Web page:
Was Arthur Lydiard the best running coach ever?

Arthur Lydiard was really a very significant long distance running coach from New Zealand and his legacy has gotten important impact on the coaching of athletes now. Lydiard continues to be acknowledged for making running or jogging popular during the late 60's and early 70's. Quite a few have even suggested that Arthur Lydiard actually invented jogging. Lydiard coached numerous Olympic Games medallists from New Zealand in the 1960s (Peter Snell, Murray Halberg and Barry Magee) together a tremendous influence by way of other mentors on other prominent New Zealand athletes including John Walker who became the first to run more than 100 sub-4 minute miles and also run a mile faster than 3 minutes and 50 second. Lydiard was born 6 July 1917 and passed on on 11 December 2004 at the age 87. He has received a number of accolades in his own New Zealand plus in Finland where his coaching ended up being responsible for an increase of Finnish distance running in the early 1970's. The magazine, Runners World called him as the coach of the century as part of their millennium edition. As a runner himself, he competed in the marathon at the 1950 British Empire Games, completing 13th having a time of 2hr 54m. Arthur Lydiard’s influence on middle distance running has become great and way past his own achievements as an athlete himself.

As for Lydiard's running school of thought, he advocated breaking up the year into diverse running periods or phases. The base or background time period is the stamina phase which was comprised of a minimum of ten weeks of maximum mileage which the athlete is capable of doing in order to increase their aerobic base or background. That's where his renowned 100 miles a week came from as he regarded that is the optimum. Lydiard suggested with the longer runs would be about 20 miles. These distances are run at a pace which was just below the anaerobic threshold and is kept as a steady aerobic pace. The goal is always to develop the best endurance base feasible for the subsequent periods. The next period is the uphill running phase which will predominantly involve uphill bounding or springing workouts to enhance strength within the legs which was generally carried out three times weekly. Some middle and long distance aerobic work is still done throughout this cycle which may last for around four or so weeks. The following 4 or so week period of time had been known as the sharpening or speed phase in which some anaerobic interval and speed work running is carried out so the runner are able to run faster. Following that 4 week period, the hard running is backed off and the focus is then on staying sharp and fresh for competition.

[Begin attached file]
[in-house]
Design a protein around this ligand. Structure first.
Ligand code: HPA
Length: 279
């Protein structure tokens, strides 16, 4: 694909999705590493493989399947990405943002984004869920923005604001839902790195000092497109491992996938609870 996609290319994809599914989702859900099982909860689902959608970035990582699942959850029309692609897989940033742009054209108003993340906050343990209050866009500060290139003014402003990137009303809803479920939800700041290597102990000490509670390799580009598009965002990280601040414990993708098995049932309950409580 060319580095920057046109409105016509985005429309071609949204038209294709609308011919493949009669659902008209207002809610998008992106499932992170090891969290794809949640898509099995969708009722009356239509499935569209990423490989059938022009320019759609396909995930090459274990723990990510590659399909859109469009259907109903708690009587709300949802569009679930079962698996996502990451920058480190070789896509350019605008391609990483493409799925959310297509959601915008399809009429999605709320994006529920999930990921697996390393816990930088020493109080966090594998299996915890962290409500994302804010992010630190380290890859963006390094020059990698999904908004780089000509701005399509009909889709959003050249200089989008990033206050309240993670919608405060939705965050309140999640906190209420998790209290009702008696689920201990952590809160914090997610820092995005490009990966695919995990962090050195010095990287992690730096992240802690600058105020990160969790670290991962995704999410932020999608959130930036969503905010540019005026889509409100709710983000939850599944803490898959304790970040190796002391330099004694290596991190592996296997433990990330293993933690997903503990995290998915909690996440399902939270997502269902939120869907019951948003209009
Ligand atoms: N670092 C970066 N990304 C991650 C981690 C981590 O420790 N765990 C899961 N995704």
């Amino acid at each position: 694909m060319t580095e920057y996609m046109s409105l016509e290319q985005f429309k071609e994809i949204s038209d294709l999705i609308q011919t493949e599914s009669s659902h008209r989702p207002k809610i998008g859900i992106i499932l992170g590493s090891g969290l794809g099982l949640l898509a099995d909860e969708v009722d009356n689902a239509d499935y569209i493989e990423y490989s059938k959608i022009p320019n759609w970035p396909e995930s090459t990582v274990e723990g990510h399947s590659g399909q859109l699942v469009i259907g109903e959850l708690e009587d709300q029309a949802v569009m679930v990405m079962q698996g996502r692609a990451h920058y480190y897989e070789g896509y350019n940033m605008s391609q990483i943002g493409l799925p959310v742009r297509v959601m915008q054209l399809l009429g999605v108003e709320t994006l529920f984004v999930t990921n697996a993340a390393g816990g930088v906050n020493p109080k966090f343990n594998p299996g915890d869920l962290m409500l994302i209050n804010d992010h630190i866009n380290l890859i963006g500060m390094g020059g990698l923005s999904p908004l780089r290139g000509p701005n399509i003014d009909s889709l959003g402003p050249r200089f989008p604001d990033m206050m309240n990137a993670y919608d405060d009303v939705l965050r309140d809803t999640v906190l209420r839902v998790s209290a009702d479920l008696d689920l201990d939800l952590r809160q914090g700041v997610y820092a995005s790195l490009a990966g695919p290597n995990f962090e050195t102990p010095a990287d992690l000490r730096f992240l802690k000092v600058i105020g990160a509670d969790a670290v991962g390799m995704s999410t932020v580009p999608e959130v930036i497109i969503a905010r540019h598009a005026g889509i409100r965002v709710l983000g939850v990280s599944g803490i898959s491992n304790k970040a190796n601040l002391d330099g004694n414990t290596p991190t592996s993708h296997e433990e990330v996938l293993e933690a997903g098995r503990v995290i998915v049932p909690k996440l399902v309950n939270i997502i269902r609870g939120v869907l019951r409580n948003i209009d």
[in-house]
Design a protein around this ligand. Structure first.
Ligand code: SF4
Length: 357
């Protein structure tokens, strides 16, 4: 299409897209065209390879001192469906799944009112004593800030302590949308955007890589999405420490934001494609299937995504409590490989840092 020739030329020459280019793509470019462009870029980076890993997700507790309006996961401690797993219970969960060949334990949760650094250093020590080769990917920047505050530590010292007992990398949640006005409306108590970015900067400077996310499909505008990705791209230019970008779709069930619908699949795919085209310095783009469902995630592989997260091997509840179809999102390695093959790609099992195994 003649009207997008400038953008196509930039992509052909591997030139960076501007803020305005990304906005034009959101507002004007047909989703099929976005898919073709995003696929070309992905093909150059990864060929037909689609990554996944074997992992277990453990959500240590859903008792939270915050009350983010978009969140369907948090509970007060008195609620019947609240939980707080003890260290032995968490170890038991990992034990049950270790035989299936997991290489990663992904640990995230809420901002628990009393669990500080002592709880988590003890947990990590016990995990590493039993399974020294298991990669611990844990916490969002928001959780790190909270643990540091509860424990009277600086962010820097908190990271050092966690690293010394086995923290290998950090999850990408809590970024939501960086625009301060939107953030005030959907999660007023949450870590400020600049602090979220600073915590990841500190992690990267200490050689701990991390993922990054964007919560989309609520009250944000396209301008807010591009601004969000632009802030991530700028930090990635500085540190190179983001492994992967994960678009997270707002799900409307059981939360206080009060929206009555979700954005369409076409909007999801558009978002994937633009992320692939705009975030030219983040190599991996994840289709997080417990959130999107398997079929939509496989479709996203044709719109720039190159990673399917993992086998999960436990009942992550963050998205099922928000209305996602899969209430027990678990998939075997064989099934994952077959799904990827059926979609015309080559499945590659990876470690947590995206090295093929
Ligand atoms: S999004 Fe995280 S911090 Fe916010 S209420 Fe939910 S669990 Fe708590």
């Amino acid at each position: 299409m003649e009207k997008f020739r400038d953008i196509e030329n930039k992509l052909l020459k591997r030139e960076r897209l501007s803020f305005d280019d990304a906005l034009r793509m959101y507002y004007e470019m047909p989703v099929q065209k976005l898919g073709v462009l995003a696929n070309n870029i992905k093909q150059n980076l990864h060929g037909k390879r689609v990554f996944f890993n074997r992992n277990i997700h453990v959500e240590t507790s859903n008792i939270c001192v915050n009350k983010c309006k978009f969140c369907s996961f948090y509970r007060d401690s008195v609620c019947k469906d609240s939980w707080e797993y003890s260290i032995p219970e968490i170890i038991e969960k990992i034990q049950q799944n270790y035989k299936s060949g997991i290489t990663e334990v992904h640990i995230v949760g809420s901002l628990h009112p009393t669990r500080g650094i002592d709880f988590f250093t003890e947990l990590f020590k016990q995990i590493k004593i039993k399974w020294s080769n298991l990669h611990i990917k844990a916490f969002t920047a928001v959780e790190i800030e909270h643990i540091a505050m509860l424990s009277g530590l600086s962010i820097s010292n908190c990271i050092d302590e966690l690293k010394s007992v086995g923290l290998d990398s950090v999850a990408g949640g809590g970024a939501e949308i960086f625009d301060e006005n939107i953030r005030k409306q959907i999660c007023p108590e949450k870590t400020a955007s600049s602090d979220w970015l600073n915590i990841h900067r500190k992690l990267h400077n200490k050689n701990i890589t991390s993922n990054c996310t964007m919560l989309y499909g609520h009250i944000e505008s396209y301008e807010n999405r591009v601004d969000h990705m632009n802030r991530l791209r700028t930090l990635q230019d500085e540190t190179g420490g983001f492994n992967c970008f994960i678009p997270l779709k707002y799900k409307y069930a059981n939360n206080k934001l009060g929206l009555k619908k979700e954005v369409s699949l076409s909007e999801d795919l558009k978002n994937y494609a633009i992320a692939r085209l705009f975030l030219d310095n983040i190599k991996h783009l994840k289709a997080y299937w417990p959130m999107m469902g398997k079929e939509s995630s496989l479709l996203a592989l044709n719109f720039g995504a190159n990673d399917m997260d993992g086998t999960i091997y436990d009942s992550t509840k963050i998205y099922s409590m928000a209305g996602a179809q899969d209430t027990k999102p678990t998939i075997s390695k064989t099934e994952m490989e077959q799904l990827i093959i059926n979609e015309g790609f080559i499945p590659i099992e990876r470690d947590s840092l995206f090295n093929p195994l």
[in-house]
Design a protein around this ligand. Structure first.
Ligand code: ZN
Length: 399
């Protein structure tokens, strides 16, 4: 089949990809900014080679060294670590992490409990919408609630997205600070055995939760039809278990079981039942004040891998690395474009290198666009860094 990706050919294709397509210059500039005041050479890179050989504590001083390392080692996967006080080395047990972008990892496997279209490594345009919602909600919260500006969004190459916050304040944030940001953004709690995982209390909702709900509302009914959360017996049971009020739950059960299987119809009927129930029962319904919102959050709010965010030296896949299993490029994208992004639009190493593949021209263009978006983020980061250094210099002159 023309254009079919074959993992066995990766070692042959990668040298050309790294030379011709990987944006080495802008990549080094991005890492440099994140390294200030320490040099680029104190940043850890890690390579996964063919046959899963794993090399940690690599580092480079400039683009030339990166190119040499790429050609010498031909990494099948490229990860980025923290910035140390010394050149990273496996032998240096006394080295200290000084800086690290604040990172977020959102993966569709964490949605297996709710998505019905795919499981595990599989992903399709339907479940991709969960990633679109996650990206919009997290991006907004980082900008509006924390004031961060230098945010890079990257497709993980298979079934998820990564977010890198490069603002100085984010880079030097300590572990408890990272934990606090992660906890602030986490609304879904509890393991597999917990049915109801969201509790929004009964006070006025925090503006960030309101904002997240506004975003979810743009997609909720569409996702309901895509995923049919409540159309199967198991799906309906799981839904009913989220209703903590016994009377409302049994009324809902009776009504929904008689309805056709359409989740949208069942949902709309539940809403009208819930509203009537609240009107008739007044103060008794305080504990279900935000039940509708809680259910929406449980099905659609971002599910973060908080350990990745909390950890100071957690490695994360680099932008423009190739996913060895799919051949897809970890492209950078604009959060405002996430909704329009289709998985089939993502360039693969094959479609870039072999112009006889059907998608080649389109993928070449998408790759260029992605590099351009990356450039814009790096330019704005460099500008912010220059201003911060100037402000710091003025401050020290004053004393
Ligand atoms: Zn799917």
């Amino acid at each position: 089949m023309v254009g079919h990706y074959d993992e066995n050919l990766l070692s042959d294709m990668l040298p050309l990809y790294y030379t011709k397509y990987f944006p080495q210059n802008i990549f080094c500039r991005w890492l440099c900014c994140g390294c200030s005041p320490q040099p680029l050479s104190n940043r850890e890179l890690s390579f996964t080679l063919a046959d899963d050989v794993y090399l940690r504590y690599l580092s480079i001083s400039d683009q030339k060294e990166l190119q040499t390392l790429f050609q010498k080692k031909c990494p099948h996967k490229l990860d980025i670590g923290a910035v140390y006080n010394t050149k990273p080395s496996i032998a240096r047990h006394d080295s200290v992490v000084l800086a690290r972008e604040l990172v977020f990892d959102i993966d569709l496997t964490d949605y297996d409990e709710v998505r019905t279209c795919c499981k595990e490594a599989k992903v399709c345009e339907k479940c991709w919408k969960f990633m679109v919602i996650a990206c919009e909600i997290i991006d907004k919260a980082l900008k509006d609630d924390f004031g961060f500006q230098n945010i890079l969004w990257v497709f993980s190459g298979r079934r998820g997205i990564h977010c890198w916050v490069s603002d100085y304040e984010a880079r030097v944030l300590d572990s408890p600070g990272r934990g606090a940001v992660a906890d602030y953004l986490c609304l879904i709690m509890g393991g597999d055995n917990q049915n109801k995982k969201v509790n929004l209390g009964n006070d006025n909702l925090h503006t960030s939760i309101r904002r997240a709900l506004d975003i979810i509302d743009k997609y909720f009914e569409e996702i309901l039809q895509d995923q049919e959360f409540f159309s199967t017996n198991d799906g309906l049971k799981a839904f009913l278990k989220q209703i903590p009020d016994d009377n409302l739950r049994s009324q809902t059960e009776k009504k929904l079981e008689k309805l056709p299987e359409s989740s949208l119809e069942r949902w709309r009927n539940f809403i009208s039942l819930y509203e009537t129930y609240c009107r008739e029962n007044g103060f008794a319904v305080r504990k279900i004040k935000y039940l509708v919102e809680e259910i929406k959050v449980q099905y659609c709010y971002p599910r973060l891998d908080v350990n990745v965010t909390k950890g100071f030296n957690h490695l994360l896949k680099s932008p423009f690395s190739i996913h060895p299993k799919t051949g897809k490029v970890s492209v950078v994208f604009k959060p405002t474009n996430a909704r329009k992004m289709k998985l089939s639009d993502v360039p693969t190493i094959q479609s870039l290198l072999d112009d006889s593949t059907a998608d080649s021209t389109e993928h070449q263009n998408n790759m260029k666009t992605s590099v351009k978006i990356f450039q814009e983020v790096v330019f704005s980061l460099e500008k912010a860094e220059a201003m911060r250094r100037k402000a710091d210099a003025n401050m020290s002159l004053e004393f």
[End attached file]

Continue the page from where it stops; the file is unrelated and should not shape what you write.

Many consider it unlikely that any coach are ever going to have more effect on the training programs of middle and long distance athletes than him. The program that he developed completely revolutionized middle and long distance coaching for the purpose of the volume of work Arthur Lydiard considered a runner must be performing. The programs was comprised of a lot of working hard. The majority of training methods made use of by runners today can trace their roots back to what was suggested by Arthur Lydiard.